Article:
GERMAN EIL RATES SOFTENPosted On: Aug. 9, 1998 12:00 AM CST
BONN, Germany -- German insurers are showing greater flexibility when setting rates and conditions for environmental impairment liability insurance, say buyers.
The once-hard market for EIL insurance has softened, according to Bund Versicherter Unternehmen e.V, a German buyer's association representing midsized industry. "Buyers no longer must settle for high rates and poor coverage," said Managing Director Stephan Jens.
Since EIL insurance was introduced to Germany in 1993, insurers have taken a cautious and -- for buyers -- often costly stand on premiums and conditions. But that is changing, said Mr. Jens.
In some cases, the shift is dramatic. "Just recently, a company did nothing more than send a letter to an insurer and saved 50% on its premium," he said.
Previously, insurers offered little room to negotiate either rates or conditions, said Mr. Jens. "As is so often the case, premiums were determined on the basis of what reinsurers wanted, but claims experience didn't warrant high rates. A correction was inevitable."
Insurers admit a change has come.
"When Germany passed environmental protection legislation in 1993, we had no statistics on which to base premiums," admits a spokeswoman for Munich, Germany-based Allianz A.G. "Now we know more. It's true; in many cases, premiums have dropped 50%," she said.
Policy exclusions and restrictions are also being corrected, according to Mr. Jens. "Conditions for coverage are being eased," he said. "Previously, companies had to report regularly on the storage, type and volume of substances used in production. Those restrictions have been eased. It not only saves time but prevents a lack of coverage when every little change is not reported."
The easing up is being felt especially in new German states, where policy conditions had been most stringent, said Mr. Jens. After reunification, insurers were hesitant to insure EIL risks for companies located in the former Communist East Germany. With over five years of experience with EIL risks, however, insurers are making more concessions everywhere in Germany.
One such concession involves per-claim coverage limits. Within the last six months, German insurers increased coverage limits for accidents occurring during normal operations to 50 million deutsche marks ($28.2 million) from 20 million deutsche marks ($11.3 million) per claim.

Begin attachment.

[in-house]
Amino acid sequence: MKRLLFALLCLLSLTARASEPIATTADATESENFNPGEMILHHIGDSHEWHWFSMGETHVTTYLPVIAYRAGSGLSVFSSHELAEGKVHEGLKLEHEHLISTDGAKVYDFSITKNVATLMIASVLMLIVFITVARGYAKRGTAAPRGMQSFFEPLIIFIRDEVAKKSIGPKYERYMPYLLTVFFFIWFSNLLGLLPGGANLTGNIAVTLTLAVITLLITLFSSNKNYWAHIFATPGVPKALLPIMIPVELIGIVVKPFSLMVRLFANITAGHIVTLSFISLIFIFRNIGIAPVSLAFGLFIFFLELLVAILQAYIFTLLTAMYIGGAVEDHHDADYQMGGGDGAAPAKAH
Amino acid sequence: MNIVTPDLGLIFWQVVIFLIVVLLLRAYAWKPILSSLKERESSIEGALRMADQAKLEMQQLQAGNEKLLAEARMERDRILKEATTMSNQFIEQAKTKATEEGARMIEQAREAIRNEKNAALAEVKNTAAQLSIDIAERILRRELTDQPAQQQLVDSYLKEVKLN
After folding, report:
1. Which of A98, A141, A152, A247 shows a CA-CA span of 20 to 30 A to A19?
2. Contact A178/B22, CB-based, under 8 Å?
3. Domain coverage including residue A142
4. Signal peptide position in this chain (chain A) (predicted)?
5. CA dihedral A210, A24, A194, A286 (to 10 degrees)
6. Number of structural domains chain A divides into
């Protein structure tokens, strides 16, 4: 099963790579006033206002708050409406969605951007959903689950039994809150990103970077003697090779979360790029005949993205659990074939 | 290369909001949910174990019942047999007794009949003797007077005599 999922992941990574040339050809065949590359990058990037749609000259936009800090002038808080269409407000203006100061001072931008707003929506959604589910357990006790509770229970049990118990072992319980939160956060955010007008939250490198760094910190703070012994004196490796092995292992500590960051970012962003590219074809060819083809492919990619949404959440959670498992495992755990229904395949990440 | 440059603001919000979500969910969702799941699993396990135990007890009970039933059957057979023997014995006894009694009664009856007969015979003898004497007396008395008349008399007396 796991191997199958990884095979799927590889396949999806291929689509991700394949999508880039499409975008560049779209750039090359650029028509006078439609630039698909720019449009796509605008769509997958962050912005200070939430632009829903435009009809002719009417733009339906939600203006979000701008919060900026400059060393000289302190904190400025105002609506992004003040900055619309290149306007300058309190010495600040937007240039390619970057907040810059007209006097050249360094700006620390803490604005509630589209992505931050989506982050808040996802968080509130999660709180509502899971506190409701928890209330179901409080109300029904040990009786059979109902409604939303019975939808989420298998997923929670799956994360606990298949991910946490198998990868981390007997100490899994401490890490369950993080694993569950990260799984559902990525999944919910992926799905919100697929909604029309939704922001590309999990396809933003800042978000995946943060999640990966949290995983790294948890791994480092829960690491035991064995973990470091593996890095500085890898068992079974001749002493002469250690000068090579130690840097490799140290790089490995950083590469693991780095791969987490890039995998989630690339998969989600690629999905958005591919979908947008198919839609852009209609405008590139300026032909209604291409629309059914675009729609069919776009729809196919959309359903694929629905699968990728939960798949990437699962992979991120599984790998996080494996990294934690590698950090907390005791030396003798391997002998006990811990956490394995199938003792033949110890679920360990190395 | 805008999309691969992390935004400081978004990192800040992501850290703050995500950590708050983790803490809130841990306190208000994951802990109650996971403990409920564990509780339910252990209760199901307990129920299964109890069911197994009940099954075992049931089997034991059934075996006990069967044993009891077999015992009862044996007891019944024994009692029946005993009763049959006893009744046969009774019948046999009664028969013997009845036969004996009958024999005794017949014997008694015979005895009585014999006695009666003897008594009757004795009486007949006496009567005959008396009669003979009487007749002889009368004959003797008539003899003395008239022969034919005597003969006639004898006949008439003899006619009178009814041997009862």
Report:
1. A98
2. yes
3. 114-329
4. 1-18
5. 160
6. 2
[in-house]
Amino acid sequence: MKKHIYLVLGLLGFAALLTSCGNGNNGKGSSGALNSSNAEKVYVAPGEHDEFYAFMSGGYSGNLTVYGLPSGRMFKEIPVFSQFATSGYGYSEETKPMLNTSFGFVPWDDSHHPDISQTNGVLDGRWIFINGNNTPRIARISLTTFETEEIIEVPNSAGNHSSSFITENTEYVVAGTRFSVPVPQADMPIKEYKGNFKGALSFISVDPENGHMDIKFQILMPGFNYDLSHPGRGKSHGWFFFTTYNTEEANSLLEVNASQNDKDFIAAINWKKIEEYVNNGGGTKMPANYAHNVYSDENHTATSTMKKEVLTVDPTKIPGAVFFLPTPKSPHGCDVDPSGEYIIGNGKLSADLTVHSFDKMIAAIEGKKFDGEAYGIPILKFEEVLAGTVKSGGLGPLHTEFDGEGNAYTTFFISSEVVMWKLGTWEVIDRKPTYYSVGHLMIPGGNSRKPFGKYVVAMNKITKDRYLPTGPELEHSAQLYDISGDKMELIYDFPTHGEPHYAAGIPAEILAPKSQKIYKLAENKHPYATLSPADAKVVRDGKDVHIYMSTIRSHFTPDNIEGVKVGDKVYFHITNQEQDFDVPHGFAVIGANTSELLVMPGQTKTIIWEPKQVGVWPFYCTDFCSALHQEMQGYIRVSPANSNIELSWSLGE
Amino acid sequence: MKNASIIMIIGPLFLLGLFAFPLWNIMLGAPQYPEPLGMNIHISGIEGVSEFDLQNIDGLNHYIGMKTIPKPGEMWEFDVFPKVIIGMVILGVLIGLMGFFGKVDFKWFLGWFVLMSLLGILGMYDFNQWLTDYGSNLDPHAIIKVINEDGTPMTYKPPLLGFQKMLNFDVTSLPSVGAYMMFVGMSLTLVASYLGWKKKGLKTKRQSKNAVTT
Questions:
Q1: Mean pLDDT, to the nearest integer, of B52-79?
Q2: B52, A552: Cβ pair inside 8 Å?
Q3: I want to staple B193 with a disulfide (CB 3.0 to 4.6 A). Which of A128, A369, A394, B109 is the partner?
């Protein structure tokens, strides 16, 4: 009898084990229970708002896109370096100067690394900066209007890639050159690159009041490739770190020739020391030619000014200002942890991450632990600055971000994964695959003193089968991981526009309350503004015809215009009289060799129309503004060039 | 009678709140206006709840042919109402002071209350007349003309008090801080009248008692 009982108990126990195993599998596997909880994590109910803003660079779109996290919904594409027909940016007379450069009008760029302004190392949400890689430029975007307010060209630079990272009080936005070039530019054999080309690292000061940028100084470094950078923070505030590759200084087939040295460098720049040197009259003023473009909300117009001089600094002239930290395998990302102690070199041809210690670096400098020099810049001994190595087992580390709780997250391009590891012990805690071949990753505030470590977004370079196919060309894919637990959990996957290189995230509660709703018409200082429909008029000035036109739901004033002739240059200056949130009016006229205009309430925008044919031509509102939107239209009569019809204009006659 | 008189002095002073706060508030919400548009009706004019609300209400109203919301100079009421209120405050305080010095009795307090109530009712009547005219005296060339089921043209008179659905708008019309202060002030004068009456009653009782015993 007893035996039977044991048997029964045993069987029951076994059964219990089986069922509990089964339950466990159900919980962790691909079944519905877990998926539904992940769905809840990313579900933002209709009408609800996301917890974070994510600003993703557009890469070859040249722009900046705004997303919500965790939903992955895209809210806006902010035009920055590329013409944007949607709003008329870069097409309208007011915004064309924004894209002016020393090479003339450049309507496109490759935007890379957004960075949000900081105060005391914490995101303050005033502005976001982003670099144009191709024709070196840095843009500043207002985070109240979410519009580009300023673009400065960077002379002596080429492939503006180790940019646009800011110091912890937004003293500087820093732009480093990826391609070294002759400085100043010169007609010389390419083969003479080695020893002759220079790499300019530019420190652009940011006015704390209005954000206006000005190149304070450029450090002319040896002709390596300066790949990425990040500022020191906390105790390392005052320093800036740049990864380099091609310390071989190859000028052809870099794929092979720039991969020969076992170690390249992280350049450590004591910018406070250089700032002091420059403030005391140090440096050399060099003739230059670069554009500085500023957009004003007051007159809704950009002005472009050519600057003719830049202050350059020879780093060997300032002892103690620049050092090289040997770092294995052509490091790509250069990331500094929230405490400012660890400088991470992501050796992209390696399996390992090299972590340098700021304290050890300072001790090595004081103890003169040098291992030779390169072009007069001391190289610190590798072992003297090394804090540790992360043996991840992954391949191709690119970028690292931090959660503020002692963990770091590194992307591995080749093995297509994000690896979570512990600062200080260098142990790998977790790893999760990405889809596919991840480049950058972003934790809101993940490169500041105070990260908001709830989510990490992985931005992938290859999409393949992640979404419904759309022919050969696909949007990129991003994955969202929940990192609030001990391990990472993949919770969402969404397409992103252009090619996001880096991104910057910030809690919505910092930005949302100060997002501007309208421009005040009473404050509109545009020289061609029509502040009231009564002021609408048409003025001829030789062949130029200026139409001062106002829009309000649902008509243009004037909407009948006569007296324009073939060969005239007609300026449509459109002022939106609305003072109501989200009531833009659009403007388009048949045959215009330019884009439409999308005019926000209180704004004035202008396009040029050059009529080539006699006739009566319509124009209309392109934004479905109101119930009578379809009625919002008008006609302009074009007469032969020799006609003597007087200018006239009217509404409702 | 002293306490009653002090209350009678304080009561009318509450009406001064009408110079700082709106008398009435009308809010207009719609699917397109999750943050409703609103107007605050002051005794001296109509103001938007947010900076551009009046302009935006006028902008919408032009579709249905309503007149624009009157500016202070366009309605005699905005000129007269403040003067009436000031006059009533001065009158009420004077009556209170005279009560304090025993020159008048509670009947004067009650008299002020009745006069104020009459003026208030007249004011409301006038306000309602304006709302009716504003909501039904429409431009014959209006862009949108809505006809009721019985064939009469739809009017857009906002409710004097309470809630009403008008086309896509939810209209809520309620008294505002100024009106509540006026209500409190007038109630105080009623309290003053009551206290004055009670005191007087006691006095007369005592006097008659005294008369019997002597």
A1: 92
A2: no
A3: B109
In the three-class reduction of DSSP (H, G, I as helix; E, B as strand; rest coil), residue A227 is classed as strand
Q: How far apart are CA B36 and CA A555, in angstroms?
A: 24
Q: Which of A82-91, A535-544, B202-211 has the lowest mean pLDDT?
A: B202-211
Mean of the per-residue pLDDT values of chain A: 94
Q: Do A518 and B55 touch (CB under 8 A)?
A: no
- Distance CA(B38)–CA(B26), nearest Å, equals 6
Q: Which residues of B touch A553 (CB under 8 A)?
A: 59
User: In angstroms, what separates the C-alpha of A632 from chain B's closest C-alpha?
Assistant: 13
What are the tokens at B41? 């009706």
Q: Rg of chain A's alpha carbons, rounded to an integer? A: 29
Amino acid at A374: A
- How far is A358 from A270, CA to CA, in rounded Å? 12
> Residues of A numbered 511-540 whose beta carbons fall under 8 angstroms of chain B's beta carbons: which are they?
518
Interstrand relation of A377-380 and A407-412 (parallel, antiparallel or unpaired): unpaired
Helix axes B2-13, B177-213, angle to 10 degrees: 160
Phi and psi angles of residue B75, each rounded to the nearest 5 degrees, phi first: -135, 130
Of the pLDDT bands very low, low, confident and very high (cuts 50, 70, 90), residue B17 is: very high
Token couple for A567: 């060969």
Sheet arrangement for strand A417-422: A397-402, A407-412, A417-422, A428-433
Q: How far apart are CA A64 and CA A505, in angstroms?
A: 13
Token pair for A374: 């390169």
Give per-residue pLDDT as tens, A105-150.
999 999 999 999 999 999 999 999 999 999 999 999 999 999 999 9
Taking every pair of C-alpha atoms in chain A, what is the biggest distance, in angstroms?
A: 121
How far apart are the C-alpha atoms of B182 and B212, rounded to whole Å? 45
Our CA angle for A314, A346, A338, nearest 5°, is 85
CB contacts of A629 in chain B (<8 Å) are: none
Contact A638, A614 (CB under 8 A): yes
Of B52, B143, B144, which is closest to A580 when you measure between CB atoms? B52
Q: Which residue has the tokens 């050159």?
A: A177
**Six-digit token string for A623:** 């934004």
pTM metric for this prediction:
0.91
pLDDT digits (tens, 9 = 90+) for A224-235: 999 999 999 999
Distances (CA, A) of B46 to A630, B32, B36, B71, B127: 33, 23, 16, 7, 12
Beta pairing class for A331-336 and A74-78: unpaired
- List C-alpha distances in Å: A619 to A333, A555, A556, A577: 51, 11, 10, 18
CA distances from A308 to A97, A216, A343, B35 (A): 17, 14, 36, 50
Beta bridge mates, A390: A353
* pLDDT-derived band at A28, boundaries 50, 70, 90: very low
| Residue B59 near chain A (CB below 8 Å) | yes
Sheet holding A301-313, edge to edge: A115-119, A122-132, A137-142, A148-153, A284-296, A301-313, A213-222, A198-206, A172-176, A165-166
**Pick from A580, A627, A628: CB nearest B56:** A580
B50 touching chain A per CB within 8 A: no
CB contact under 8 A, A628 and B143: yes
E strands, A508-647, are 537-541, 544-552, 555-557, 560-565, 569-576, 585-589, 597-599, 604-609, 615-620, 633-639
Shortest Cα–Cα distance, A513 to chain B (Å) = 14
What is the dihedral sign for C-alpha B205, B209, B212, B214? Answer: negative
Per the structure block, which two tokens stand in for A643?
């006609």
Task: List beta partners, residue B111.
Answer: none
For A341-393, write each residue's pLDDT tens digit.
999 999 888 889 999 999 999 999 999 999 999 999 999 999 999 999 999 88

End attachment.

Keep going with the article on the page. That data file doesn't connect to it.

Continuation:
Peter Geppert, director of EIL product development at Cologne, Germany-based Gerling A.G. said the move reflects experience with claims but admits he is worried about rate cuts. "The difficult thing about EIL is the long-tail exposure," he said. "It's foolish to be too short-sighted. Rates reflect client experience, but also the potential for loss."
In addition, Mr. Jens said that insurers have also eased restrictions on how companies can use their insurance. In the past, some insurers refused to cover claims that went beyond an annual limit, the so-called "single maximum." Now, Mr. Jens said, buyers can negotiate better conditions and even increase the insured maximum that can be used in any given year. "In the past," said Mr. Jens, "companies could easily exhaust insurance with several claims. That's changed. Buyers can easily double that amount, and we recommend they do."
But Gerling's Mr. Geppert contends it was always possible to obtain increased coverage. "We have always offered double-maximum. Some buyers are just now finding that out."
The "double maximum" limit is a boon to buyers, who say it reduces their fear that several claims in the same year will eat up coverage limits.
Insurers are also expanding coverage for the cleanup of a buyer's own property after an environmental accident, protection known as "preclaim coverage." Initially, EIL insurance covered only third-party cleanup costs, and it recently allowed just 10% or 20% of the amount of a claim for the cleanup of a company's own facility, even in instances where environmental damage was limited to the buyer's property. "We have had to settle for 10% of the insurance sum in the past," said Mr. Jens, "but now it's possible to have the entire insurance sum apply."